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LORD ALFRED TENNYSON
English poet laureate
(1809 - 1892)
 << Prev Page    Displaying page 15 of 18    Next Page >> 

The sweet forget-me-nots,
  That grow for happy lovers.
      - The Brook [Forget-me-nots]

O Love, what hours were thine and mine,
  In lands of palm and southern pine;
    In lands of palm, of orange-blossom,
      Of olive, aloe, and maize, and vine.
      - The Daisy (st. 1) [Trees]

Where, here and there, on sandy beaches
  A milky-bell'd amaryllis blew.
      - The Daisy (st. 4) [Amaryllis]

Red of the Dawn
  Is it turning a fainter red? so be it, but when shall we lay
    The ghost of the Brute that is walking and hammering us yet and be free?
      - The Dawn [Freedom]

And is there any moral shut
  Within the bosom of the rose?
      - The Day-Dream--Moral [Roses]

For since he would sit on a Prophet's seat,
  As a lord of the Human soul,
    We needs must scan him from head to feet,
      Were it but for a wart or a mole.
      - The Dead Prophet (st. XIV) [Criticism]

Banner of England, not for a season,
  O Banner of Britain, hast thou
    Floated in conquering battle or flapt to the battle-cry!
      Never with mightier glory than when we had rear'd thee on high,
        Flying at top of the roofs in the ghastly siege of Lucknow--
          Shot thro' the staff or the halyard, but we ever we raised thee anew,
            And ever upon the topmost roof our banner of England blew.
      - The Defence of Lucknow [Flags]

The wild swan's death-hymn took the soul
  Of that waste place with joy
    Hidden in sorrow: at first to the ear
      The warble was low, and full and clear.
      - The Dying Swan [Swans]

He clasps the crag with hooked hands;
  Close to the sun in lonely lands,
    Ring'd with the azure world, he stands.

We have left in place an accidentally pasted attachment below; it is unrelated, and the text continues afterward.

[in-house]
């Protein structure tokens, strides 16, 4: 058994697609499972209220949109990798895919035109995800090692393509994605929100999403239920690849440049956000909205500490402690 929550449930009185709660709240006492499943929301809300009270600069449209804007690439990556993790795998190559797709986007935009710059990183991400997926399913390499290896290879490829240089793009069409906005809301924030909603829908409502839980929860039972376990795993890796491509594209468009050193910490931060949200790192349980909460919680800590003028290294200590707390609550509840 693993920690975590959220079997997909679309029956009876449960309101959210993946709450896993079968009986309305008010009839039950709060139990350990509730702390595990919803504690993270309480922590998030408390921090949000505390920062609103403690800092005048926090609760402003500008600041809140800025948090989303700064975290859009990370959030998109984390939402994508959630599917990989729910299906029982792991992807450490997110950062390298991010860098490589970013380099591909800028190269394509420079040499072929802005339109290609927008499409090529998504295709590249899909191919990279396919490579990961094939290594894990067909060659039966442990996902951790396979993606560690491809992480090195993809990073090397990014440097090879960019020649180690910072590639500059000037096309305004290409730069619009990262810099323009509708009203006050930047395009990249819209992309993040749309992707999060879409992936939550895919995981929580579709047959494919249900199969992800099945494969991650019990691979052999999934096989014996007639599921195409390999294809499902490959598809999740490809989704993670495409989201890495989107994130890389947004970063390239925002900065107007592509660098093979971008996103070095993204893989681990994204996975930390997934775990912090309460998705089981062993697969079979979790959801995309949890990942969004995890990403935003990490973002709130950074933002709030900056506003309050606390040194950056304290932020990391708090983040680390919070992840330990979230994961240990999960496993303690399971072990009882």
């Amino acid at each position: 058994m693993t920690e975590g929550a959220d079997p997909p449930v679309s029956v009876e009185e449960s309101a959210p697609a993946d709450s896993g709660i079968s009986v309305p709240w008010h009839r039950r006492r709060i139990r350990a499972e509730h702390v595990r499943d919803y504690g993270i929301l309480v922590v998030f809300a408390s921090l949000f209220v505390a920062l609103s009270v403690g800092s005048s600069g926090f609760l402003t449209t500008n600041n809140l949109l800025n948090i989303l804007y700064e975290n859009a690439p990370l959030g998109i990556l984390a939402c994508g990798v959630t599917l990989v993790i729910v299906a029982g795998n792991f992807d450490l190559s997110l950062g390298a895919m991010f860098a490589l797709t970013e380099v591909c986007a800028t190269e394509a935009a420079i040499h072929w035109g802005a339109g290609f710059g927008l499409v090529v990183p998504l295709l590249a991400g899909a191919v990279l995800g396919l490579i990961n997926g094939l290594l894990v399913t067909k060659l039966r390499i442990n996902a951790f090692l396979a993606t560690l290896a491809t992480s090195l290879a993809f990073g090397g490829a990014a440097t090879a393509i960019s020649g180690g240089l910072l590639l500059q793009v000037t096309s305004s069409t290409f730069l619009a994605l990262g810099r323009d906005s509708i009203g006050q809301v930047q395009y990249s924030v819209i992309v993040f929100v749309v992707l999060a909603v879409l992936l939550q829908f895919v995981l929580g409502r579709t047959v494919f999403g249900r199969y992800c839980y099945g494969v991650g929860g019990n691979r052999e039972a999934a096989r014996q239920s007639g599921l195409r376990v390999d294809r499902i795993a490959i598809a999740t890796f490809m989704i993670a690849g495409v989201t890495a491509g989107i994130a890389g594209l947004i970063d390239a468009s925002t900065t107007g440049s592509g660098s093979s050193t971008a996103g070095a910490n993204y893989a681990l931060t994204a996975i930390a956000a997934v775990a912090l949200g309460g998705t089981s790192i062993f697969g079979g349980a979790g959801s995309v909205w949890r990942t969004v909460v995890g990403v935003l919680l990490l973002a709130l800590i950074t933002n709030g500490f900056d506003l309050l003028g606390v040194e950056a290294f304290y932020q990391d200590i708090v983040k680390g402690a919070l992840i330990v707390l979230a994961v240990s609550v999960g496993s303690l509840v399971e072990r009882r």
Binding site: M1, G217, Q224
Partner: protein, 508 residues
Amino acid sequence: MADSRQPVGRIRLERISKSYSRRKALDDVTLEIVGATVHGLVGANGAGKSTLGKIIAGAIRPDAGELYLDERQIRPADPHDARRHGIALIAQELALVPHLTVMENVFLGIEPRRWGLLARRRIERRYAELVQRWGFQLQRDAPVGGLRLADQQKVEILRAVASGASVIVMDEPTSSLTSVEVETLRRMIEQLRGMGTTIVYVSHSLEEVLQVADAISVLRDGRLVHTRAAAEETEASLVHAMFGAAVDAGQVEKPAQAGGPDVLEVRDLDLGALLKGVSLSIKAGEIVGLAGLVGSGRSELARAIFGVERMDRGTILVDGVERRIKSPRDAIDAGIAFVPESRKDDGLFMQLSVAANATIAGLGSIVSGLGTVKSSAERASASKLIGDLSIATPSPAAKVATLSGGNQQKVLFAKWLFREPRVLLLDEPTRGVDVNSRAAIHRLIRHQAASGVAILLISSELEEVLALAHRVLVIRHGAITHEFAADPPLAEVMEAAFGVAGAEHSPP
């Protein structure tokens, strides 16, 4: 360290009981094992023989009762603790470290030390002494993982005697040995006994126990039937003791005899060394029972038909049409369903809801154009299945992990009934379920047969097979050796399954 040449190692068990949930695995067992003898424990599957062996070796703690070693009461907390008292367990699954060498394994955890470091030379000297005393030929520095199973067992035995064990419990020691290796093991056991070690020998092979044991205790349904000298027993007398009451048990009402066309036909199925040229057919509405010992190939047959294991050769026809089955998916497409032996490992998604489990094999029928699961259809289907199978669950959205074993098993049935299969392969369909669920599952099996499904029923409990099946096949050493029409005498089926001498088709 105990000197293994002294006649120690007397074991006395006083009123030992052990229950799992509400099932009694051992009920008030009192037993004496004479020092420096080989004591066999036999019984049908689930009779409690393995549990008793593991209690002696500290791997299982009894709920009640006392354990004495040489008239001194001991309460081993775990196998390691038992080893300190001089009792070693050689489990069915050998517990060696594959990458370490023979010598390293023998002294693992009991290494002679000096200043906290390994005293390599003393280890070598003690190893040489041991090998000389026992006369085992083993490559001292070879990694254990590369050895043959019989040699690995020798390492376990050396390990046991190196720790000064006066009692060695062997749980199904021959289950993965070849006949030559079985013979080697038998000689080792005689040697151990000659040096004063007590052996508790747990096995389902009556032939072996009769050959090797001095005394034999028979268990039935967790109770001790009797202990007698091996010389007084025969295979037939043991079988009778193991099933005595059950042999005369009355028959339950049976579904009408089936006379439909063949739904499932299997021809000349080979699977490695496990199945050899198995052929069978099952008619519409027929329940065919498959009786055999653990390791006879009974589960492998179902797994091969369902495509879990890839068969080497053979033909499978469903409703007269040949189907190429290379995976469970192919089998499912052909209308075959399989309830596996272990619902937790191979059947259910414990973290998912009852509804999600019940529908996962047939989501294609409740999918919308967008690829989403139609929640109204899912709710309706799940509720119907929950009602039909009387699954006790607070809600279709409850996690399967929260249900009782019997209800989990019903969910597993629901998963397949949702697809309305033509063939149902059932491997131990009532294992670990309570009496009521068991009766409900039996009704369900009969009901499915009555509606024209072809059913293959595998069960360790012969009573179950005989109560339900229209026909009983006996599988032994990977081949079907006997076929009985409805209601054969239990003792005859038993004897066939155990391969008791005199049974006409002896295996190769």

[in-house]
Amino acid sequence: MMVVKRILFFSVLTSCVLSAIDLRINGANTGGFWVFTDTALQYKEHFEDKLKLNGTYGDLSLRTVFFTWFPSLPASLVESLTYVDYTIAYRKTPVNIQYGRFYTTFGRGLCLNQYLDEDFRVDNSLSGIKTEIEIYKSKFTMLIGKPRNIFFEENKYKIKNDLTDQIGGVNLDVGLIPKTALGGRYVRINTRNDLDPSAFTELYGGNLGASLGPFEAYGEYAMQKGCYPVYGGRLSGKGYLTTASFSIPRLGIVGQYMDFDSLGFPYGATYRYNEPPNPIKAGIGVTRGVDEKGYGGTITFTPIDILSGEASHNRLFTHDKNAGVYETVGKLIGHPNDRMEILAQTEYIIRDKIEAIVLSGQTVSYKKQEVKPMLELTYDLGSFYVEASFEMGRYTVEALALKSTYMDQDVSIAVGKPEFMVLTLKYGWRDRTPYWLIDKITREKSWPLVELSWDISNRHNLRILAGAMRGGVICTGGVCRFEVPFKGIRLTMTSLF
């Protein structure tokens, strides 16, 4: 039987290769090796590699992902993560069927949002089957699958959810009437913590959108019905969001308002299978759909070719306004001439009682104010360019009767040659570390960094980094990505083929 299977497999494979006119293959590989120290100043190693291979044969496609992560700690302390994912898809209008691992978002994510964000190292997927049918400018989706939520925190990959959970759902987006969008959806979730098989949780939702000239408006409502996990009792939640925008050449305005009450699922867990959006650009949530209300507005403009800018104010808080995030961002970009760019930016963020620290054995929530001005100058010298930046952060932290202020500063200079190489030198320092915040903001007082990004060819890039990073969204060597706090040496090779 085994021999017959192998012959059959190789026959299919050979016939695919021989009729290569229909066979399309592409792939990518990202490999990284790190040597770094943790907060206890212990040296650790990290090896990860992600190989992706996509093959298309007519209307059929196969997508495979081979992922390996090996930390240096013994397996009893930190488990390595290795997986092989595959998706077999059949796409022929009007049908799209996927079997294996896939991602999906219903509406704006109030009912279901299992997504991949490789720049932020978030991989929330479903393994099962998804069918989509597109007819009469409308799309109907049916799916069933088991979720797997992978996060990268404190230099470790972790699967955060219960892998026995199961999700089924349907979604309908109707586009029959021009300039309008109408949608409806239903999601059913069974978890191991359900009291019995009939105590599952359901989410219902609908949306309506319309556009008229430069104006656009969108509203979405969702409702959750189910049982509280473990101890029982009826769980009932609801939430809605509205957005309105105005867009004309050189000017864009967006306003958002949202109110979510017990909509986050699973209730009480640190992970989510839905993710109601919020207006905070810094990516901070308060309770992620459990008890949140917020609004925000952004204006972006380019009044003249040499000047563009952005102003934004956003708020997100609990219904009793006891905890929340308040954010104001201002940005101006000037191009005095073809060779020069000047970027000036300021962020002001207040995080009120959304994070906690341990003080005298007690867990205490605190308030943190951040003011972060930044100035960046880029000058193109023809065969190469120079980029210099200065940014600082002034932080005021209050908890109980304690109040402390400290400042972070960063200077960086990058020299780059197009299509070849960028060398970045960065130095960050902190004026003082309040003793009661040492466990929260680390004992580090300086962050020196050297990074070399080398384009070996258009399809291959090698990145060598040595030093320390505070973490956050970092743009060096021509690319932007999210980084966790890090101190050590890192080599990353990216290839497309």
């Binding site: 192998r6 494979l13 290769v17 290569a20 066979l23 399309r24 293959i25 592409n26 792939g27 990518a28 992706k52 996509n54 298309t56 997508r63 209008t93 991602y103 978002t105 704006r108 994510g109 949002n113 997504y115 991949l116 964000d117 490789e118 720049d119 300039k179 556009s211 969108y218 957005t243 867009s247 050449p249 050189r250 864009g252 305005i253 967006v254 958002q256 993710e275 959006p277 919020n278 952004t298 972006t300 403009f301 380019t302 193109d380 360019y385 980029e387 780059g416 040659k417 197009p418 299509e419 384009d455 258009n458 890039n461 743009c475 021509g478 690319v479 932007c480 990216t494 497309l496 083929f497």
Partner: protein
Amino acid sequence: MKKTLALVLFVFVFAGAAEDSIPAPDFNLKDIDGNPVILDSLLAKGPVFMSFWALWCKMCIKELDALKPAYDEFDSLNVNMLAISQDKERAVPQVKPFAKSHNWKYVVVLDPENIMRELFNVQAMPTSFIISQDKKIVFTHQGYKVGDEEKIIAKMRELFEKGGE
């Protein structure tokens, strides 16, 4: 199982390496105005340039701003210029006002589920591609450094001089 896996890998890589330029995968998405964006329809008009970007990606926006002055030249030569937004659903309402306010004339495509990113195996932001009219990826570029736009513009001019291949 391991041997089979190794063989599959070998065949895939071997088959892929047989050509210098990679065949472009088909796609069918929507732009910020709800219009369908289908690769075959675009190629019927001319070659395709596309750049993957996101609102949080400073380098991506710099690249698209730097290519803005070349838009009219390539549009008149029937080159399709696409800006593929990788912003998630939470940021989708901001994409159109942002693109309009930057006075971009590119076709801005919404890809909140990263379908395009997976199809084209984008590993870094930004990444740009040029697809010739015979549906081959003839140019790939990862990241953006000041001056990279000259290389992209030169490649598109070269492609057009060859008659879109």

The wrinkled sea beneath him crawls:
        He watches from his mountain walls,
          And like a thunderbolt he falls.
      - The Eagle [Eagles]

He that runs may read.
      - The Flower (st. 5) [Reading]

Read my little fable:
  He that runs may read.
    Most can raise the flowers now,
      For all have got the seed.
      - The Flowers [Ability]

The bee buzz'd up in the heat,
  "I am faint for your honey, my sweet."
    The flower said, "Take it, my dear,
      For now is the Spring of the year.
        So come, come!"
          "Hum!"
            And the bee buzz'd down from the heat.
      - The Forester (act IV, sc. 1) [Spring]

Well, well, be it so, thou strongest their of all,
  For thou hast stolen my will, and made it thine.
      - The Foresters (act III, sc. 1) [Thieving]

. . . but while
  I breathe Heaven's air, and Heaven looks down on me,
    And smiles at my best meanings, I remain
      Mistress of mine own self and mine own soul.
      - The Foresters (act IV, sc. 1)
        [Independence : Soul]

Quiet, Robin, quiet!
  You lovers are such clumsy summer-flies,
    Forever buzzing at your lady's face.
      - The Foresters (act IV, sc. 1) [Wooing]

The dream
  Dreamed by a happy man, when the dark East,
    Unseen, is brightening to his bridal morn.
      - The Gardener's Daughter (l. 71) [Dreams]

Sighs
  Which perfect Joy, perplexed for utterance,
    Stole from her sister Sorrow.
      - The Gardner's Daughter (l. 249) [Sighs]

That a lie which is half a truth is ever the blackest of lies;
  That a lie which is all a lie may be met and fought with outright--
    But a lie which is part a truth is a harder matter to fight.
      - The Grandmother (st. 8) [Lying]

But a bevy of Eroses apple-cheeked
  In a shallop of crystal ivory-beaked.
      - The Islet [Gods]

Go, little letter, apace, apace,
  Fly;
    Fly to the light in the valley below--
      Tell my wish to her dewy blue eye.
      - The Letter (st. 2) [Post]

Music that brings sweet sleep down from the blissful skies.
      - The Lotos Eaters--Choric Song (st. 1)
        [Music]

Music that gentlier on the spirit lies
  Than tir'd eyelids upon tir'd eyes.
      - The Lotos Eaters--Choric Song (st. 1)
        [Music]

The Lotos blooms below the barren peak:
  The Lotos blooms by every winding creek:
    All day the wind breathes low with mellower tone:
      Thro' every hollow cave and alley lone,
        Round and round the spicy downs the yellow Lotos-dust is blown.
      - The Lotos-Eaters--Choric Song (st. 8)
        [Lotuses]

"A day for Gods to stoop," . . . ay,
  And men to soar.
      - The Lover's Tale (l. 304) [Day]

A land of promise, a land of memory,
  A land of promise flowing with the milk
    And honey of delicious memories!
      - The Lover's Tale (l. 333) [Memory]


Displaying page 15 of 18 for this author:   << Prev  Next >>  1 2 3 4 5 6 7 8 9 10 11 12 13 14 [15] 16 17 18

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